IT’S HOT: How Firefighters Deal With The Heat
Anyone who had to work in Wednesday’s triple-digit heat knows it was grueling. Most of us can get out of the heat for a few minutes. Frank Cook was landscaping in West Des Moines “It’s hot.” he says with a sigh, “Just trying to keep cool. Take a couple breaks every once in a while. Drink lots of water.”
But firefighters don’t always have that luxury. Even on days like Wednesday, with triple digit temperatures, they’re expected to go into burning buildings wearing clothing designed to keep the heat out–but that also keeps their body heat in.
When temperatures get this high, there’s always a risk of heat exhaustion or heat stroke in gear like that. To see what they go through, I put on a firefighters jacket and helmet, then went up and down a flight of stairs about a dozen times in the blazing sun while carrying 50-pounds of sand to simulate their gear. In minutes my body temperature skyrocketed, I was sweating and breathing heavy. Firefighters have to take precautions. “Anytime you’ve got this extreme heat we got special equipment.” explains Des Moines firefighter Brian O’Keefe, “We want to get you in the shade right away. We’ve got a tent available. We have some fans that actually have some water induced in them to provide a little more cooling.”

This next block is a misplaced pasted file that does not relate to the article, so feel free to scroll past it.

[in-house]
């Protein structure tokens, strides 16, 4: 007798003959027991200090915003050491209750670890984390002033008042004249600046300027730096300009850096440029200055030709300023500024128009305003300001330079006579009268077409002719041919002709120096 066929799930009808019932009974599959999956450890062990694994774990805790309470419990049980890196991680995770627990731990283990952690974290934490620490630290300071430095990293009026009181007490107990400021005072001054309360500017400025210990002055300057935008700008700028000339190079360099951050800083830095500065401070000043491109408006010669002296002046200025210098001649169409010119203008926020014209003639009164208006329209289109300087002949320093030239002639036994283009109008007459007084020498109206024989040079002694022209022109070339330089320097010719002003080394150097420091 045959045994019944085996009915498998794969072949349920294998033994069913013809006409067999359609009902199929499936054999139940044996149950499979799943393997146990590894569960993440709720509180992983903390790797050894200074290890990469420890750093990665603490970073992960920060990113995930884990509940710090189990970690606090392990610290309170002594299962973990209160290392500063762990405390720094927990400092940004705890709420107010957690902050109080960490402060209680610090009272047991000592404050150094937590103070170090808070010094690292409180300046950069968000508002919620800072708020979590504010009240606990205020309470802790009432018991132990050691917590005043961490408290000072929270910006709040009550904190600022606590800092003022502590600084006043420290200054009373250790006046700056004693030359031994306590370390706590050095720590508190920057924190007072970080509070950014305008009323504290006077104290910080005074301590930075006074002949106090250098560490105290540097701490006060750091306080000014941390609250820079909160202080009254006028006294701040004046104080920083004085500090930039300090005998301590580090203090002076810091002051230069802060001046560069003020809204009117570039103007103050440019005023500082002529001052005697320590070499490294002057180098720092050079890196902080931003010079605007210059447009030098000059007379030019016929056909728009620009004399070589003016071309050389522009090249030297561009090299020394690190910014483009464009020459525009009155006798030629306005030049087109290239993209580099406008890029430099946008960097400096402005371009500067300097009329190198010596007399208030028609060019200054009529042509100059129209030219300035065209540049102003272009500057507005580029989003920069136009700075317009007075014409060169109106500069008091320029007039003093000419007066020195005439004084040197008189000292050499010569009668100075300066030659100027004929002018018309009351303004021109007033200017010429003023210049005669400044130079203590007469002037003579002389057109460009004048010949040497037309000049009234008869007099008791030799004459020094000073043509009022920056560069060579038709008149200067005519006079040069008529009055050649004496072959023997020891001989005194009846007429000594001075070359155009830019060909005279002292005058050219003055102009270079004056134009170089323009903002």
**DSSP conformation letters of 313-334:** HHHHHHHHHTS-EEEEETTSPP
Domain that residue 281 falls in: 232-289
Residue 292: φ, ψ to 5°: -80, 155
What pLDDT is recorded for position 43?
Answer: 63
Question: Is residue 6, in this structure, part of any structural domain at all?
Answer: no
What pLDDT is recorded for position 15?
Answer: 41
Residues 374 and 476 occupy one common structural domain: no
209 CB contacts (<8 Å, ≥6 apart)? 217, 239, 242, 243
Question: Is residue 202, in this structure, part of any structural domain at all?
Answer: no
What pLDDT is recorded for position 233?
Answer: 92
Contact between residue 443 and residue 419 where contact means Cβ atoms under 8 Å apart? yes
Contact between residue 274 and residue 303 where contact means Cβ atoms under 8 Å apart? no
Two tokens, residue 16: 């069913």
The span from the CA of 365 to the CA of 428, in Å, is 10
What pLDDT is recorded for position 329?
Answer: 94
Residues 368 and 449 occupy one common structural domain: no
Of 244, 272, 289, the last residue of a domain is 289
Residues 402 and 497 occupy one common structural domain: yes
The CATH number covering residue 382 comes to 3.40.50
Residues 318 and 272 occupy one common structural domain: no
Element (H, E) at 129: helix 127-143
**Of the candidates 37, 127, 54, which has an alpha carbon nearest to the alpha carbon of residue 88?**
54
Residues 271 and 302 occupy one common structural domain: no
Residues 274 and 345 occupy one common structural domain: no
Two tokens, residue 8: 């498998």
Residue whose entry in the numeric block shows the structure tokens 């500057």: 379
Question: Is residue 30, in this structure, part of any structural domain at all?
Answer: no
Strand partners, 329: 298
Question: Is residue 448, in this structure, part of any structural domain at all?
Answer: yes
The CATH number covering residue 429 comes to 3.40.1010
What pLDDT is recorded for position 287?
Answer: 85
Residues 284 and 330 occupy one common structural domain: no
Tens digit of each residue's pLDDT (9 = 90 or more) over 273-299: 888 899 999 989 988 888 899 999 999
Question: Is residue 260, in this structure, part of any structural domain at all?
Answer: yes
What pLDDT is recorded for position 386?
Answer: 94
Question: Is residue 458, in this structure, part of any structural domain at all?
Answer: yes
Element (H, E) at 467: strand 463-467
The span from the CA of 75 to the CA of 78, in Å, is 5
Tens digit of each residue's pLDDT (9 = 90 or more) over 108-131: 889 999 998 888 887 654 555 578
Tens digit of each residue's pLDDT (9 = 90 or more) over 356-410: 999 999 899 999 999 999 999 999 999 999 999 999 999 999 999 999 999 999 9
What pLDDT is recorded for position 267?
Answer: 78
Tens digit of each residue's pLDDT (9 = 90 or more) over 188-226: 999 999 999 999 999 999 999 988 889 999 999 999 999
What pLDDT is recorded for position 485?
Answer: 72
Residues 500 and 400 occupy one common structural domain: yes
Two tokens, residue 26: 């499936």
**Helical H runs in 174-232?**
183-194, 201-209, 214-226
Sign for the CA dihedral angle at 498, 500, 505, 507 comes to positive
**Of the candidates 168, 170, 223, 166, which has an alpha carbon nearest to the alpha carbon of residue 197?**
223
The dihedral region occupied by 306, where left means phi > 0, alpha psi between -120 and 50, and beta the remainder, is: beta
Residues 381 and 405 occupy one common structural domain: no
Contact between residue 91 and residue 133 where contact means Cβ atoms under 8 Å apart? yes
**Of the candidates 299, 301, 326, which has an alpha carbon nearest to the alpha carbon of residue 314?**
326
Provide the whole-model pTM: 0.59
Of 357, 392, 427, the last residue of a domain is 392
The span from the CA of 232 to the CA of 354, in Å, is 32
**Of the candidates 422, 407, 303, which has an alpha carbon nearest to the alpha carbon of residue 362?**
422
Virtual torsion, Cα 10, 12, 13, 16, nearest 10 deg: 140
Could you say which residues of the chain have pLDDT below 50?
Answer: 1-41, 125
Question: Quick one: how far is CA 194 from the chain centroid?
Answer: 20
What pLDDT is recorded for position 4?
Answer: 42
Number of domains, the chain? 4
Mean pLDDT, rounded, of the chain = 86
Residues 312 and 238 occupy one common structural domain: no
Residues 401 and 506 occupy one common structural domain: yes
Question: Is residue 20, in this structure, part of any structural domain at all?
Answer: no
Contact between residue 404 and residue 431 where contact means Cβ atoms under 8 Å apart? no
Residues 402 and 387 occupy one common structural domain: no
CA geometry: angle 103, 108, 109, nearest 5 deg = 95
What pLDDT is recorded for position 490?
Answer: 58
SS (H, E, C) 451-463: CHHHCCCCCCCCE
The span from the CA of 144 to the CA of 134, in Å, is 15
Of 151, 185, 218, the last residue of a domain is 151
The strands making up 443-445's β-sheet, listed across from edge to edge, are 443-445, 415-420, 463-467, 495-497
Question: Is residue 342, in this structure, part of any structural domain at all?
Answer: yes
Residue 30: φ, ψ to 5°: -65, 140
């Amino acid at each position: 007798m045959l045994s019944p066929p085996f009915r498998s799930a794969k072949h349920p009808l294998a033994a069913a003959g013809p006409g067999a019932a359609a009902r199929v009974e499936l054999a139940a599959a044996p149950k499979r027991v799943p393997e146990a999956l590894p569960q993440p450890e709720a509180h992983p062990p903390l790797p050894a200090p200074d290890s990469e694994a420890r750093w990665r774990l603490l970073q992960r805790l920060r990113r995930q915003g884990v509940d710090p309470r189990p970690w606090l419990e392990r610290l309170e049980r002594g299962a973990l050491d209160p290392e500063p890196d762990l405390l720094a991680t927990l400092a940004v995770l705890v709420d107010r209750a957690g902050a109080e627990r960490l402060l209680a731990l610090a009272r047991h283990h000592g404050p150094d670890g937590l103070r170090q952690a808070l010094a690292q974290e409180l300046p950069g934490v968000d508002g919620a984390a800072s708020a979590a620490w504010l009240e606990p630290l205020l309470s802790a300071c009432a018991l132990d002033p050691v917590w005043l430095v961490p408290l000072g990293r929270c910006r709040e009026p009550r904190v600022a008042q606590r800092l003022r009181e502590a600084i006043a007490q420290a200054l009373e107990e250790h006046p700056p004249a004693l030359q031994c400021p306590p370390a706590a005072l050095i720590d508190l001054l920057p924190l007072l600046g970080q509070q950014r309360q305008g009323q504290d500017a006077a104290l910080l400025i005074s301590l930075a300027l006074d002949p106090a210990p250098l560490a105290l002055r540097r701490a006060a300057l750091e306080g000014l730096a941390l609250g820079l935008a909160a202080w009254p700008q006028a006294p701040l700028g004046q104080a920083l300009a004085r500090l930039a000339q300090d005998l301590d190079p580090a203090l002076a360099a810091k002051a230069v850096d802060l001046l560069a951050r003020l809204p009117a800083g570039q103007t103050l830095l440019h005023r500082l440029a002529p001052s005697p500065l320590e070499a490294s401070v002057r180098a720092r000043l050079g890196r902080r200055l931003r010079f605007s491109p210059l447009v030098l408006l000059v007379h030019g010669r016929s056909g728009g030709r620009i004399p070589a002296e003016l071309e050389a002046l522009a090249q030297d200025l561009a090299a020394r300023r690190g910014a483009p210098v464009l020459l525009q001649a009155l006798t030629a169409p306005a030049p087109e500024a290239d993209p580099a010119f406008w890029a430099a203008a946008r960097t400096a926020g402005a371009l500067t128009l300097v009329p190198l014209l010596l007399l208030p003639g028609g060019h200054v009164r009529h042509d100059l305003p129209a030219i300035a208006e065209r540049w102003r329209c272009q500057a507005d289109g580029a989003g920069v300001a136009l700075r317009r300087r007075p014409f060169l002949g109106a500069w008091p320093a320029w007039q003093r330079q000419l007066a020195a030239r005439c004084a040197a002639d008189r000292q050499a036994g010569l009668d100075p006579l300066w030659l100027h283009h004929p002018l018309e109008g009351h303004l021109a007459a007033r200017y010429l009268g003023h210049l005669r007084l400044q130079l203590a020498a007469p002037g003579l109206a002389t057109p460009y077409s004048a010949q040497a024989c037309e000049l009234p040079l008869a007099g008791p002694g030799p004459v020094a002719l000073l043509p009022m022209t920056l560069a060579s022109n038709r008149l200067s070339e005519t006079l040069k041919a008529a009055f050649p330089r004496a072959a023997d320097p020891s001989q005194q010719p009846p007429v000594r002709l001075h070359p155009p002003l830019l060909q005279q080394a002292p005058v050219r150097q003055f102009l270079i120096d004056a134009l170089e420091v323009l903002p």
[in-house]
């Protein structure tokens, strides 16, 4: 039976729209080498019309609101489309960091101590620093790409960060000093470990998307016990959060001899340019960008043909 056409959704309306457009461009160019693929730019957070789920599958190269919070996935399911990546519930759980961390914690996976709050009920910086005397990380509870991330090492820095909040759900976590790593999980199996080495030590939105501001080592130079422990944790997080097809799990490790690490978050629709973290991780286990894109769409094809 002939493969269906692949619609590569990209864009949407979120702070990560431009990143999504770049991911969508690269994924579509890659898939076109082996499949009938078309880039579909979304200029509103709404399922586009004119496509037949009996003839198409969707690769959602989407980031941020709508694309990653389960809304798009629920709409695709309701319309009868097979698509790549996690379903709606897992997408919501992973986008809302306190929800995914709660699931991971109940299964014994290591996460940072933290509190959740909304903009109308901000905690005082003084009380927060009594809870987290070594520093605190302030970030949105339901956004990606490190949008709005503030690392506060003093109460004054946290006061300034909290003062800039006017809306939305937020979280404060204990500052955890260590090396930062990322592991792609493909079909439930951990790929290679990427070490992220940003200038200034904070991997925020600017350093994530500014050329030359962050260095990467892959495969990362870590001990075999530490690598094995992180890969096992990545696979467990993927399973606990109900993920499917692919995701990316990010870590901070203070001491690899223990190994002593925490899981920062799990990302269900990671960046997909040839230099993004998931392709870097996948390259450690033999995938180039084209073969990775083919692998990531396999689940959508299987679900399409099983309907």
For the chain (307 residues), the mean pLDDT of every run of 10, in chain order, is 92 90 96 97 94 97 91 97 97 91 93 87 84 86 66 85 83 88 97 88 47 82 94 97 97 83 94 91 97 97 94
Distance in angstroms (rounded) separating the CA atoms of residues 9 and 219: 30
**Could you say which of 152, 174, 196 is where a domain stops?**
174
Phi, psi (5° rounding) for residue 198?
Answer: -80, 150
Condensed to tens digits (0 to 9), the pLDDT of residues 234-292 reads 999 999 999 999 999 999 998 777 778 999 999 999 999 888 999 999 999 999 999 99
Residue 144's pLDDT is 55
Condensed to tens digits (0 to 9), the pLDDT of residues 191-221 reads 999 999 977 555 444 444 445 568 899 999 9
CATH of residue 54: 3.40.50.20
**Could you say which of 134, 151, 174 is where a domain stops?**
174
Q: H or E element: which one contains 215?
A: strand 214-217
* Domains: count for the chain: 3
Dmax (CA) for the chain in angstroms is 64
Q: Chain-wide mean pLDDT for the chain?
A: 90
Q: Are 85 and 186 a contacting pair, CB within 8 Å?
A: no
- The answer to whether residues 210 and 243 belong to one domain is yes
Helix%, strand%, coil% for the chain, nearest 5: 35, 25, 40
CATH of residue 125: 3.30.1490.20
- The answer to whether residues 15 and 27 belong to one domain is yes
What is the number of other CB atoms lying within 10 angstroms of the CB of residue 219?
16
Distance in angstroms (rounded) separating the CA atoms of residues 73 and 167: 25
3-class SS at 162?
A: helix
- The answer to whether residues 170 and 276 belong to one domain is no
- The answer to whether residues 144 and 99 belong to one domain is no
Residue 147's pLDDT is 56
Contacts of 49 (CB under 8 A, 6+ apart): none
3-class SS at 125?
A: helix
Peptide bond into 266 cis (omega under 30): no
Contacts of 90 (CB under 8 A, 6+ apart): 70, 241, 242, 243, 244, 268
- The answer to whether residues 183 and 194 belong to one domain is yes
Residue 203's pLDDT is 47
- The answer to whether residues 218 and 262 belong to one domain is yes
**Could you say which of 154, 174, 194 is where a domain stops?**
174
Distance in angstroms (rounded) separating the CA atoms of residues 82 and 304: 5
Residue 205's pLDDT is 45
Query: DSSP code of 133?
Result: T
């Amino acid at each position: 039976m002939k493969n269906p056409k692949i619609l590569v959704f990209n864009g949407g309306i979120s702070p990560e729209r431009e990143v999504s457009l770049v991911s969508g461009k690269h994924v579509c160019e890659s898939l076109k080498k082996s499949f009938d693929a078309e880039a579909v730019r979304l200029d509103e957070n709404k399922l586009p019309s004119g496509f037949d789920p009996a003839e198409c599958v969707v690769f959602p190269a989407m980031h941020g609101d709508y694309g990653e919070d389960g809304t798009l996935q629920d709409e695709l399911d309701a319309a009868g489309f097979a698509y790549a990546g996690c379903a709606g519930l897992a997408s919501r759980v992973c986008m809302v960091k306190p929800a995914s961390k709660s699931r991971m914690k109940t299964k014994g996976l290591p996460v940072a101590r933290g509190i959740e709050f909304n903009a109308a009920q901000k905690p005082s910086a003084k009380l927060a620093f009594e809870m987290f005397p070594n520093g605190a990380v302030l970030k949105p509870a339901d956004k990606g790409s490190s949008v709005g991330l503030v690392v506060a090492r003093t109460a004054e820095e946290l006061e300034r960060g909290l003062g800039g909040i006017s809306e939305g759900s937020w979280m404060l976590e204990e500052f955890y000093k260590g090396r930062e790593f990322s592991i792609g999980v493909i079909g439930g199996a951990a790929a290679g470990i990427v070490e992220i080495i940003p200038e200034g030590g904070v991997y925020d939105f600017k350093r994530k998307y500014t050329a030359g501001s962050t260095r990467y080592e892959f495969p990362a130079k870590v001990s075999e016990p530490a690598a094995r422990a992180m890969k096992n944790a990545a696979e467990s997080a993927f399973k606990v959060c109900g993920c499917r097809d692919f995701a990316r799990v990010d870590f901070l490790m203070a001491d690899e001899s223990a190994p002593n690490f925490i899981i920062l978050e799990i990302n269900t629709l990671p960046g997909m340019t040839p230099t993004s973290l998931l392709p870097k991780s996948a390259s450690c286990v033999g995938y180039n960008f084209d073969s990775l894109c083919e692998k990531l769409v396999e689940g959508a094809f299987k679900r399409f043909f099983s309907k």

Des Moines firefighters didn’t have to respond to any emergencies today that would have required the heavy gear. But they say they were prepared just in case with a truck full of ice water and fans.